Next to the Scoletta del Carmine, you will find the Basilica del Carmine, also known simply as I Carmini, which dates from 1446.
The portal over the entrance of the basilica dates from 1737, and the three statues we see on top are by Tommaso Bonazza.
The carved wooden door dates from 1412.
A plaque on the facade of the church recalls the night in 1917, when an Austrian bomb set fire to the dome of the basilica, destroying it.
A plaque on the facade of a building marks the place where Gianfranco Folena, the Italian linguist and philologist, held the department chair of Romance Philology, and later of History of the Italian Language, at the University of Padua.
The Chiesa del Beato Antonio Pellegrino can be found at Via Beato Pellegrino, #32. The church dates from the 16th century, even though construction on the building was not completed until 1943. Today, it is the main church of the Romanian community in Padua.
If you ever come across what appears to be an ancient marble, or a stone fragment, embedded in the facade of a building, just know that it is an Italian tradition to incorporate any ancient stones, uncovered during the construction of a building, into its design. Be on the lookout for them! You will be surprised by how many you will see!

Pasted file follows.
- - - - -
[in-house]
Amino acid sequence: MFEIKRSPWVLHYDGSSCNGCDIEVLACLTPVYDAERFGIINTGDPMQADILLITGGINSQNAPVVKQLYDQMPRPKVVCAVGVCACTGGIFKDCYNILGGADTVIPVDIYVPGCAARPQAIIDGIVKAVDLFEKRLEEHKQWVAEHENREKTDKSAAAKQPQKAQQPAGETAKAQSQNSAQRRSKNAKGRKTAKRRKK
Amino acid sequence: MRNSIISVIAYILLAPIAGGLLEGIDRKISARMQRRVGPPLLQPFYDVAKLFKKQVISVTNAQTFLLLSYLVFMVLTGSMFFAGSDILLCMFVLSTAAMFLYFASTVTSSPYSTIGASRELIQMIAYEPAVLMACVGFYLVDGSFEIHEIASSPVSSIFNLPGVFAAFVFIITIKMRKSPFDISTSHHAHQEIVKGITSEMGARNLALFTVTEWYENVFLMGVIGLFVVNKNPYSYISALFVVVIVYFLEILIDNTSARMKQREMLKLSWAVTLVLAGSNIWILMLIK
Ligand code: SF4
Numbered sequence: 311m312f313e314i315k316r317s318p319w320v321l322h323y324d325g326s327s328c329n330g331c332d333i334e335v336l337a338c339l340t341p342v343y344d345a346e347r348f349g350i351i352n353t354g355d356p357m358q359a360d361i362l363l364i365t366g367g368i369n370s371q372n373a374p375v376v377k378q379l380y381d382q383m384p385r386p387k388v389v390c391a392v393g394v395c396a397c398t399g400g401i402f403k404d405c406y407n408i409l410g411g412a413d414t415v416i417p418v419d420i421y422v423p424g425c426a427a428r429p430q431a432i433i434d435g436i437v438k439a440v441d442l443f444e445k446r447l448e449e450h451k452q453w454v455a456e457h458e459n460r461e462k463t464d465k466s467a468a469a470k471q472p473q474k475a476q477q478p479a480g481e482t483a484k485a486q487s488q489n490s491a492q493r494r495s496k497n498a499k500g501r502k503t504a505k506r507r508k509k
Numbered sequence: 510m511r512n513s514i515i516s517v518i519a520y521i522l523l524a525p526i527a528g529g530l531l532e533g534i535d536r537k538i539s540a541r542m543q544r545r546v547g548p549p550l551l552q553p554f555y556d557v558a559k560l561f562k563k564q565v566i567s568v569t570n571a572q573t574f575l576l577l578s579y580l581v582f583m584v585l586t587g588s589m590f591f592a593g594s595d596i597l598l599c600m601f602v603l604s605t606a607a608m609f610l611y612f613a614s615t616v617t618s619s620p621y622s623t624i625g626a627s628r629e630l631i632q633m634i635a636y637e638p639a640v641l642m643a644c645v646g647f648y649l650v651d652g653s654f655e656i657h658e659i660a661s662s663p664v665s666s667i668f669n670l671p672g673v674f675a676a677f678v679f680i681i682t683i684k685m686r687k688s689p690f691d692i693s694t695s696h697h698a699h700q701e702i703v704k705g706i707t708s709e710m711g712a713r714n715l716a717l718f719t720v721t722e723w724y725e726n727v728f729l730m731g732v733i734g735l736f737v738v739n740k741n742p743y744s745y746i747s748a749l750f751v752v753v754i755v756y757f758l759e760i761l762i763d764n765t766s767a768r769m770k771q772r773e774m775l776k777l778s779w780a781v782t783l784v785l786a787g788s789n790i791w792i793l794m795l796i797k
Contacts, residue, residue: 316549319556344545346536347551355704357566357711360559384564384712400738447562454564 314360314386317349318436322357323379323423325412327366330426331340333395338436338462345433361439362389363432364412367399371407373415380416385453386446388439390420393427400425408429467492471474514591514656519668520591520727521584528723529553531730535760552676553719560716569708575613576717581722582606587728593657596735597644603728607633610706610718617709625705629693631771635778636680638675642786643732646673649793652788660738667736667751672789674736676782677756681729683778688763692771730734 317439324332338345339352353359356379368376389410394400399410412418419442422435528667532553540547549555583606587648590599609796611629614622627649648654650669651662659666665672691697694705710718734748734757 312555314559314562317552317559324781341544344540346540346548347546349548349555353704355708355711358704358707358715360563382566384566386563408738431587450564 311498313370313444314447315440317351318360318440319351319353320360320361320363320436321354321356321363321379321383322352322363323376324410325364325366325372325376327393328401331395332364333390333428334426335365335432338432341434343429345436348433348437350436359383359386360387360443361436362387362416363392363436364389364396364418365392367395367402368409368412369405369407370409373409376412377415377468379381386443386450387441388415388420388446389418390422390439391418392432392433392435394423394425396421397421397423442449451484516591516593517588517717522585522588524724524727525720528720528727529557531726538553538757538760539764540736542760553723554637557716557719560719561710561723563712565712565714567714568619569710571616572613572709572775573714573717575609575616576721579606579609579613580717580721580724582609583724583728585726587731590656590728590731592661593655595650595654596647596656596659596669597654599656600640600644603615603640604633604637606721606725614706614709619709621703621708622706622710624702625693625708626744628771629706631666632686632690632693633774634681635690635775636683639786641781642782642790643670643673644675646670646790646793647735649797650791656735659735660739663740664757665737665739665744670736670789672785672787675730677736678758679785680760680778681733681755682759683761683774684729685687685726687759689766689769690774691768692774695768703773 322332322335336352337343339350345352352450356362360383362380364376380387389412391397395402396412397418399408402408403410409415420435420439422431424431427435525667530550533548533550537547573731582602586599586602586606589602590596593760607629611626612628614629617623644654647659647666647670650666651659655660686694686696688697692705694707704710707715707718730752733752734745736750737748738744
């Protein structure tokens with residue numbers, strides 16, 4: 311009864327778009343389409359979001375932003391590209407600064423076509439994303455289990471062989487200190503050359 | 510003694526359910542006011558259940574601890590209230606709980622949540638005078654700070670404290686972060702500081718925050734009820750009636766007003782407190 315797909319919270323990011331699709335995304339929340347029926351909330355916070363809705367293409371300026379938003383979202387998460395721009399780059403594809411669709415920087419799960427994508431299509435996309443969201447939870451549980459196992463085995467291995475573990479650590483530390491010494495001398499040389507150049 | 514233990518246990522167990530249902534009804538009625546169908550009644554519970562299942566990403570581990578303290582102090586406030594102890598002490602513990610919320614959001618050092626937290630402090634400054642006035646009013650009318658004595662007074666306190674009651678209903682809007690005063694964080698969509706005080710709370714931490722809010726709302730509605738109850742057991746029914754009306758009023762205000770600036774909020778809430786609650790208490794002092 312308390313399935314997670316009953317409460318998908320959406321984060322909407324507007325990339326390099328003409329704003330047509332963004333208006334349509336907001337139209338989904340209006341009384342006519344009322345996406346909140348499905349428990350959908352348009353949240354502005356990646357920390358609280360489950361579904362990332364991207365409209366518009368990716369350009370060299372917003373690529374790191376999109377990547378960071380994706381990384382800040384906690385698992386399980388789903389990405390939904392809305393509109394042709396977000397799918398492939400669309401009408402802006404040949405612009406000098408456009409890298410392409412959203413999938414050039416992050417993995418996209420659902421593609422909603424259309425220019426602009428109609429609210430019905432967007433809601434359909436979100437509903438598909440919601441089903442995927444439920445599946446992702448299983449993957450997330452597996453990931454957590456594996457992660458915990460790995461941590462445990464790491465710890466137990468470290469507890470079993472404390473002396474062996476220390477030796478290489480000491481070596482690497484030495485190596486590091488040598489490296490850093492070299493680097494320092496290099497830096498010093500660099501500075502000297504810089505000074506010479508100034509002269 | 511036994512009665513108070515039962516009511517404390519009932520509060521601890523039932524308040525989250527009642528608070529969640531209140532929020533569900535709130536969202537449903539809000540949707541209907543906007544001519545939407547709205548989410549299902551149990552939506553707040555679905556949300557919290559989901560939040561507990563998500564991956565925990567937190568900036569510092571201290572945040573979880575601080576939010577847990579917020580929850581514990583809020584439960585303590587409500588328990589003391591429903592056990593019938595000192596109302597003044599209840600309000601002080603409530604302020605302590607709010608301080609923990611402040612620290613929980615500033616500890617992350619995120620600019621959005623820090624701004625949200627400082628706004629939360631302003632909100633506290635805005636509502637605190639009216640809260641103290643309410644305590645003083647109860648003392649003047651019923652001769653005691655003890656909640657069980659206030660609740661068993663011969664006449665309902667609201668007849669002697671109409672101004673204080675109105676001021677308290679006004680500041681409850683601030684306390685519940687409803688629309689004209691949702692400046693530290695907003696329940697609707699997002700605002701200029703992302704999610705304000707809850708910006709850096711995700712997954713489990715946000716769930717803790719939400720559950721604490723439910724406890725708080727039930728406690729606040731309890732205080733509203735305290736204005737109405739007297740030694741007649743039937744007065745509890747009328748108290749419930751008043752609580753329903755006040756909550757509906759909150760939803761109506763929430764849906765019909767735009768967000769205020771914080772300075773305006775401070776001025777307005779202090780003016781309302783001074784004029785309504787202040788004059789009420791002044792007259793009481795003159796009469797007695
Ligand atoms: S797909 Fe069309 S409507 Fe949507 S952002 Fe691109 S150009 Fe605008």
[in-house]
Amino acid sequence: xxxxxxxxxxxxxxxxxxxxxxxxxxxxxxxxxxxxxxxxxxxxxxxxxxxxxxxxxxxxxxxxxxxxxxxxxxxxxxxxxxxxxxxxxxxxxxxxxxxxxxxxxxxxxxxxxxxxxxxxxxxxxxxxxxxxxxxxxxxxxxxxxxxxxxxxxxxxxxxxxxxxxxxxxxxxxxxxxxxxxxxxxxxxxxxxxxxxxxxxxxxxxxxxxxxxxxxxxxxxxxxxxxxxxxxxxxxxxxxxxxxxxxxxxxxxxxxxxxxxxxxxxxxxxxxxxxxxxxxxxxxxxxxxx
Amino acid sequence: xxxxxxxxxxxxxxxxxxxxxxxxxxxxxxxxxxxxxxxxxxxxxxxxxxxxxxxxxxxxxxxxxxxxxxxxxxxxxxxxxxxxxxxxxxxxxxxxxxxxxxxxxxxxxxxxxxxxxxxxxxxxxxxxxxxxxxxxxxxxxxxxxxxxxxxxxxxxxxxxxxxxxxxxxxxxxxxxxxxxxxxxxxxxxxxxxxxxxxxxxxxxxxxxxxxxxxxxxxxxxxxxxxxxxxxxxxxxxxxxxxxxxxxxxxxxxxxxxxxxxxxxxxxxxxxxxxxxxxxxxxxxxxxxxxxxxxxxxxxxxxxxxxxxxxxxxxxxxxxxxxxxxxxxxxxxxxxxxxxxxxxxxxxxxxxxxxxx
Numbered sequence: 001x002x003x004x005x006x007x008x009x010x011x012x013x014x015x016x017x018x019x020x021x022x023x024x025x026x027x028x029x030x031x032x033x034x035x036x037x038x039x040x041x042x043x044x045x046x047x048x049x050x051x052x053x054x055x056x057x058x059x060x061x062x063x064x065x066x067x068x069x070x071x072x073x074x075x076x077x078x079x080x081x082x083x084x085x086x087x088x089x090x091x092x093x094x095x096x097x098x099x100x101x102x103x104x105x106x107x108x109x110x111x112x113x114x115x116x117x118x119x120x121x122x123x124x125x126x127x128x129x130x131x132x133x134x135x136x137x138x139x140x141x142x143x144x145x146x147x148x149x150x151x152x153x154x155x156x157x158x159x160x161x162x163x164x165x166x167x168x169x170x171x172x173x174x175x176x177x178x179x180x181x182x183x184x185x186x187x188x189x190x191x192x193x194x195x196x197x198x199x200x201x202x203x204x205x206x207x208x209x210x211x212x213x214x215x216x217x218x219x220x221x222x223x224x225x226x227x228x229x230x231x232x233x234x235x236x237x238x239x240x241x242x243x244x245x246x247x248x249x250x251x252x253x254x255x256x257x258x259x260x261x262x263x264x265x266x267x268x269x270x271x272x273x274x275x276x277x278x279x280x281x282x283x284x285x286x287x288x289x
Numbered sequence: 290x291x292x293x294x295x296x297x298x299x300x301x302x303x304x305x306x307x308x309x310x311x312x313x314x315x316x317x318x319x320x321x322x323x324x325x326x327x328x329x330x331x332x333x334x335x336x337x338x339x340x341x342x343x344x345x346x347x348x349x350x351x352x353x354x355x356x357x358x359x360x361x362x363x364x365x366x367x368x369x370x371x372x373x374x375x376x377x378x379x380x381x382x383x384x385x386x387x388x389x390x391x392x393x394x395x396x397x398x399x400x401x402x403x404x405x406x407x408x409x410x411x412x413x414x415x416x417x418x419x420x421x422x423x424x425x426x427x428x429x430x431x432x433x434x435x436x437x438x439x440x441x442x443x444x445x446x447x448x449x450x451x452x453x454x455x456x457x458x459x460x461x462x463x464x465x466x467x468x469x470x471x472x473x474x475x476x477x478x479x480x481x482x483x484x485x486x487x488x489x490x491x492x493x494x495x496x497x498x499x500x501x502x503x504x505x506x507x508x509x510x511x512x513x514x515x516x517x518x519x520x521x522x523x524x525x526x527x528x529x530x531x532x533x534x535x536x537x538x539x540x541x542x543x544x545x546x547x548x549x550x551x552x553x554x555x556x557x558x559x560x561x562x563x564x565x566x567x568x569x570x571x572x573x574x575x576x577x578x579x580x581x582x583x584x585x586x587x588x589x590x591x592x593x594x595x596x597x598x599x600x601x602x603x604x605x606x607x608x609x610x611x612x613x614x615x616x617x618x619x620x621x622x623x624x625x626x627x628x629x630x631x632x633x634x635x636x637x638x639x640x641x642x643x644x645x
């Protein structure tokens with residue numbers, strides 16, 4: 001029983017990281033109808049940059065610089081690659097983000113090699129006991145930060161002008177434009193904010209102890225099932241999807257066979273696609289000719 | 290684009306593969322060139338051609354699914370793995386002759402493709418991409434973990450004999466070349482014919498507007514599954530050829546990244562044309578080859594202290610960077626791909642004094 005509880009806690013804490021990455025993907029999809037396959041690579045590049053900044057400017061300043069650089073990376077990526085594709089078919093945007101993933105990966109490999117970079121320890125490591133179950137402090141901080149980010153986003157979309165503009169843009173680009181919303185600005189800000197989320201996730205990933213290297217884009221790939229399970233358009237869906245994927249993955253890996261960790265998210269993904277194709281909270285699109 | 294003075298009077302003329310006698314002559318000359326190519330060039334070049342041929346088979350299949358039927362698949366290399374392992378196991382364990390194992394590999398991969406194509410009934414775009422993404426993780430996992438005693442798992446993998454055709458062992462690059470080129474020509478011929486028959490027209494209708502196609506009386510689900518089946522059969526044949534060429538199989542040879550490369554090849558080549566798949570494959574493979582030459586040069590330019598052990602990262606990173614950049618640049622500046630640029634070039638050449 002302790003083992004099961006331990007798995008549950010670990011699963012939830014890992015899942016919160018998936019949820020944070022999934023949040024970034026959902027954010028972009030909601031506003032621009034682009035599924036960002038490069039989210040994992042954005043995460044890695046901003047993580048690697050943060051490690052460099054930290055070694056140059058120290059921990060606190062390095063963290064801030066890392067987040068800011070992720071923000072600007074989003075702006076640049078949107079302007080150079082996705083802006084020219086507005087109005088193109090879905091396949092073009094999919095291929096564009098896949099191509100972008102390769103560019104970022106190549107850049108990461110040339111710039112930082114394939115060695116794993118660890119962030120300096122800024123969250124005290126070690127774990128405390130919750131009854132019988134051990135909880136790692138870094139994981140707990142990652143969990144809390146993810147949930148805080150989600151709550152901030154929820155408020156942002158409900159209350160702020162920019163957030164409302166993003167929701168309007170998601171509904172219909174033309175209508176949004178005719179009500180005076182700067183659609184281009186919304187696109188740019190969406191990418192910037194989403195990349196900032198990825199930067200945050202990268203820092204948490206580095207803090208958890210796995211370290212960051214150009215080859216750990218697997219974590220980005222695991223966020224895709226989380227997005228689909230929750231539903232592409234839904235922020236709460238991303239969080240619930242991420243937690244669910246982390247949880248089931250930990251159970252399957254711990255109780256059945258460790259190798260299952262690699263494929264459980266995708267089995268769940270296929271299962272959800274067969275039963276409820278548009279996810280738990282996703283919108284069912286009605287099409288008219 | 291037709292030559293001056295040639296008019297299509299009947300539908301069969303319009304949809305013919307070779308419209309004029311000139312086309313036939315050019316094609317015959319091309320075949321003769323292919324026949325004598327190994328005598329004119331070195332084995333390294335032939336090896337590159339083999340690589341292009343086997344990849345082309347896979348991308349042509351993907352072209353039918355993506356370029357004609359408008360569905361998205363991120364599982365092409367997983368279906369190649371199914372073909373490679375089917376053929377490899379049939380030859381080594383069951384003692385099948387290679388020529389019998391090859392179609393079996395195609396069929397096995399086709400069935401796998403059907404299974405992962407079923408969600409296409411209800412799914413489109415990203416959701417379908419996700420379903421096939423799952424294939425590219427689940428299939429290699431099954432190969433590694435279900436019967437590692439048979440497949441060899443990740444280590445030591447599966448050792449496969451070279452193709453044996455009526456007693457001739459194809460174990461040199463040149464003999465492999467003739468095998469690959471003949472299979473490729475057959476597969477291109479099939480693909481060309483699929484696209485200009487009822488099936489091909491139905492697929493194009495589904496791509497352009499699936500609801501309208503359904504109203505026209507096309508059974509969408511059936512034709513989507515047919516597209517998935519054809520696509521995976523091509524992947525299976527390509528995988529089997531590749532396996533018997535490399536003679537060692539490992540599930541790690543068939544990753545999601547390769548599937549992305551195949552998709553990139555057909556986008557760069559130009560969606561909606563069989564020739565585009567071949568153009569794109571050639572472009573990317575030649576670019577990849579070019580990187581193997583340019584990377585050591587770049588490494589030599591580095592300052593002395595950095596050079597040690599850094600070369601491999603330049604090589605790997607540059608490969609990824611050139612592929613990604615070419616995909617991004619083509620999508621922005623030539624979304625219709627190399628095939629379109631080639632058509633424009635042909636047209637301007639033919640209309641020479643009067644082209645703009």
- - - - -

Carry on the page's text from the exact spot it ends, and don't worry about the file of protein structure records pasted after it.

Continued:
The Teatro Maddalene, on Via San Giovanni di Verdara, is housed in an former church that dates from the 14th century. Damage from the 2012 earthquake caused the theater to be closed. Restoration work began in 2014, and is still ongoing.
Next up: We make our way to Porta Savonarola, and much more from beautiful Padua!
Note: This blog is written in English and Spanish, and the author takes no responsibility for the quality of any other translations that may appear. If you have enjoyed this post, please, check out our archives for more posts from Padua, as well as other Italian destinations. Grazie!